His formal CV sounds less eventful than the exploits that put Dave into lifelong conflict with authority, and at times welcome diversion in debate. When Winnie Mandela commandeered an oversize room for herself and her staff when the democratic Parliament first met in 1994, it was Dave’s unhappy task, as a whip, to remove her. His mission – which other whips were singularly unkeen to undertake with the Mother of the Nation – failed abysmally. As he walked into the massive office with her at the other end, she called out:
“If it’s about this office, the answer is no. But how are you today, Dave?”
Dave was a man of true courtesy and consideration for the dignity of others, for instance – in the apartheid days – seeing Alexandra Township adjacent to his seat of Sandton as equally his area of responsibility though no blacks had the vote then. When the recently deceased Andrew Mlangeni of Rivonia trial fame seemed a bit overlooked for high office in the first Parliament in our democracy, Dave would invite this modest man who described himself as a “backroom boy” in the struggle, to lunch to chat as a friend. Occasionally, I would join them in the parliamentary dining room. Now both have passed, within about a week.
Dave’s loyalty to friends was legendary, his memory for birthdays embarrassing when his gifts arrived like clockwork. He could be totally trusted with confidences, as was the case when I leaked to him details of a secret deal whereby the Botha government sought to get the media to support a confidential set of guidelines in reporting “terrorism”, and in return promising to exempt them from the provisions of the then state of emergency. This would have left the “alternative newspapers” at the mercy of draconian emergency regulations. The media refused, and the initiative collapsed, but only after Dave had caused a Parliamentary sensation. And he duly protected his source.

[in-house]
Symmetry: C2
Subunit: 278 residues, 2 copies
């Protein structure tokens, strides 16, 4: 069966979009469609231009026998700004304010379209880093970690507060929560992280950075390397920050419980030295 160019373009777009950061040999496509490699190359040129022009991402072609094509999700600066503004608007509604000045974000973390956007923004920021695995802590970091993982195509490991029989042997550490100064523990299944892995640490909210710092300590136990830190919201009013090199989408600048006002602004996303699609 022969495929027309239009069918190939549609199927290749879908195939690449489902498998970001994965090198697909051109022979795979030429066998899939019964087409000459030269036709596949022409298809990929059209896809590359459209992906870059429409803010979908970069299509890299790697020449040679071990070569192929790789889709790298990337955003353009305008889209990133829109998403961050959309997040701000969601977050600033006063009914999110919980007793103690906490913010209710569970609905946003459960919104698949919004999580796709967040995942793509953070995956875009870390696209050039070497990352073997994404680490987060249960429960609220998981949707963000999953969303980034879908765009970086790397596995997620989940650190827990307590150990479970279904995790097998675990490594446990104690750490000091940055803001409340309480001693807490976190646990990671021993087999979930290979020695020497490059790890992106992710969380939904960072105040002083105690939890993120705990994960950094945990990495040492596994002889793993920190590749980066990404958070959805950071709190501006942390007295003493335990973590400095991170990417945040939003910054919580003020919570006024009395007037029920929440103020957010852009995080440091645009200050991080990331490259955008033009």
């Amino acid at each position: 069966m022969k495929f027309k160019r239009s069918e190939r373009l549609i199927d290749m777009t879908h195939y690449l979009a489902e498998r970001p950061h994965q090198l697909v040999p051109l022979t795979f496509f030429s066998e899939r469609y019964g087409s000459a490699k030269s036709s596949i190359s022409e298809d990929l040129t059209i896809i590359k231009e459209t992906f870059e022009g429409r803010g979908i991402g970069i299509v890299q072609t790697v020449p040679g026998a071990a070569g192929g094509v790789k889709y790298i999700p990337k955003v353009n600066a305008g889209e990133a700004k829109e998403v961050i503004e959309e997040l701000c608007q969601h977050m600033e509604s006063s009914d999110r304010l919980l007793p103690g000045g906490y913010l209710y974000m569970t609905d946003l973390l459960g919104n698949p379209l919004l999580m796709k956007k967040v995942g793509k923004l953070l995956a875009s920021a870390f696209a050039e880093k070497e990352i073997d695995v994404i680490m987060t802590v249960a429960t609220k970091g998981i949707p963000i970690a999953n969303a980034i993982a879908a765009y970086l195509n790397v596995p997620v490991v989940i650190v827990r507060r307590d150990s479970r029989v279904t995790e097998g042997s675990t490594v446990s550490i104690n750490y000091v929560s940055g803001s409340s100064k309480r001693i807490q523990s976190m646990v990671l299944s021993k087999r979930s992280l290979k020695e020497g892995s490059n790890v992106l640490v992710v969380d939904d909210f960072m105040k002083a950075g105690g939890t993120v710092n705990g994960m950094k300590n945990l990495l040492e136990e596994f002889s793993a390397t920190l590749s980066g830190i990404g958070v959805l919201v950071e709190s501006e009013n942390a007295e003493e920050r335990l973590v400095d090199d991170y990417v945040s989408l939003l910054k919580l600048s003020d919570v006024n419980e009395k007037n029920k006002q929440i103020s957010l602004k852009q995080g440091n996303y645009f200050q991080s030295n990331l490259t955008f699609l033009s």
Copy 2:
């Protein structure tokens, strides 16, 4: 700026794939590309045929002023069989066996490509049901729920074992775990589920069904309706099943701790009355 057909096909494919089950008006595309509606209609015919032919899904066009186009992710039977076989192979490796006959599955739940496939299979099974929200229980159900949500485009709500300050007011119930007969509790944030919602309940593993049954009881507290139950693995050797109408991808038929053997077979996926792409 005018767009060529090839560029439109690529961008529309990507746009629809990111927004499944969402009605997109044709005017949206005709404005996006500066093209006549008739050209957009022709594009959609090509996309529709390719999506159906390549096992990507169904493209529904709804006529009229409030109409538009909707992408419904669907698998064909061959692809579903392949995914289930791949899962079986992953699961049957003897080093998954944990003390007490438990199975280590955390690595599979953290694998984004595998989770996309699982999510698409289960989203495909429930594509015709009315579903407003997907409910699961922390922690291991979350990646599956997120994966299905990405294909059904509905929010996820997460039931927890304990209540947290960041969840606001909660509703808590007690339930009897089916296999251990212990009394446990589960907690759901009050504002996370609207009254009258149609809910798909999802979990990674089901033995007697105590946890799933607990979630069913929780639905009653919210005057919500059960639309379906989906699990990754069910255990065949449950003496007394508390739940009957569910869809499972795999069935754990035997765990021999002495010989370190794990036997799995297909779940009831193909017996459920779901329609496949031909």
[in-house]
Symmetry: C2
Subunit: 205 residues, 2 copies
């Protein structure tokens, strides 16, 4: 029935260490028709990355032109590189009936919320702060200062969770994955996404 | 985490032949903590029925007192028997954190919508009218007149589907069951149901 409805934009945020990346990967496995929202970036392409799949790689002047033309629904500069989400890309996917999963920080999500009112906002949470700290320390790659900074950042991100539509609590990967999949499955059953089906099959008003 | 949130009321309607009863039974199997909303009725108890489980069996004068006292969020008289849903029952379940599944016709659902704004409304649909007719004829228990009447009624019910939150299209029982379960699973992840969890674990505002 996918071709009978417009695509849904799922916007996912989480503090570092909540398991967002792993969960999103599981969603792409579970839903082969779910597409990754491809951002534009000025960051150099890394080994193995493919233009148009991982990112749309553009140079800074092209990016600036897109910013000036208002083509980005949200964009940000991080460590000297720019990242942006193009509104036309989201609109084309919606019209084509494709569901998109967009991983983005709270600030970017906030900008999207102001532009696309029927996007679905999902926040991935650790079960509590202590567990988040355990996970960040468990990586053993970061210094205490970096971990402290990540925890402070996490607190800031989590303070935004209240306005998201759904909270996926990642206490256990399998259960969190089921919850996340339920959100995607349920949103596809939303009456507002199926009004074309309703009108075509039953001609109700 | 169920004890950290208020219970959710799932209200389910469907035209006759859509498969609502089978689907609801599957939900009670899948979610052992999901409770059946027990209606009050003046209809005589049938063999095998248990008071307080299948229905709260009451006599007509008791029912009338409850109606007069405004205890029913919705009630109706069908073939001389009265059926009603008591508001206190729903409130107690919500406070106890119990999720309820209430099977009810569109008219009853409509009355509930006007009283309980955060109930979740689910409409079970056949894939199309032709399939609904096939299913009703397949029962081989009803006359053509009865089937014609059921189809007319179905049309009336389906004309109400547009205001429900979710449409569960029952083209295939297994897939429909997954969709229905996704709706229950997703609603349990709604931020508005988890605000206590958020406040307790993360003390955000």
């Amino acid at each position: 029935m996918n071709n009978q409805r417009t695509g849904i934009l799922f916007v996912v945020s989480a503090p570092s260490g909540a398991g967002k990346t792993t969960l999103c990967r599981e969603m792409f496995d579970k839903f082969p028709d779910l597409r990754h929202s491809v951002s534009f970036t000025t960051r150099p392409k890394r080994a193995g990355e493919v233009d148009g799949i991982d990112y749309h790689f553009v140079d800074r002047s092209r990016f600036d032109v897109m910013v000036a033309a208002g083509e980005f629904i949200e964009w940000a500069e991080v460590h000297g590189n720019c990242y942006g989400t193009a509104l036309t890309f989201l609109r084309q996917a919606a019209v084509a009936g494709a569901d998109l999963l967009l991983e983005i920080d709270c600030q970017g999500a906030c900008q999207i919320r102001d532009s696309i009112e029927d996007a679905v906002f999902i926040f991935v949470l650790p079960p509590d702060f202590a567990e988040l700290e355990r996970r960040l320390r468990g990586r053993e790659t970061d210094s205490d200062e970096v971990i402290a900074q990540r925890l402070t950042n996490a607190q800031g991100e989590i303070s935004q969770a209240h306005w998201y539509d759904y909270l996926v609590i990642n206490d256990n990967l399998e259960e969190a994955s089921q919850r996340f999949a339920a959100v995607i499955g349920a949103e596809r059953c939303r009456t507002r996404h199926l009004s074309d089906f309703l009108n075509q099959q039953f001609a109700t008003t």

He had his share of fierce disputes and persistent detractors, with some true-blue liberals critical of his party-hopping. But he had an impact on public life for the better; and could usually rise with a chuckle above brickbats thrown at him. He lived modestly and was a good and loyal friend to the end, and I salute his memory.
He leaves his gifted artist wife, Katharine Ambrose, his lawyer brother Andrew, and four adult children from previous marriages: Andrew, Jonathan, Matthew and Lara. DM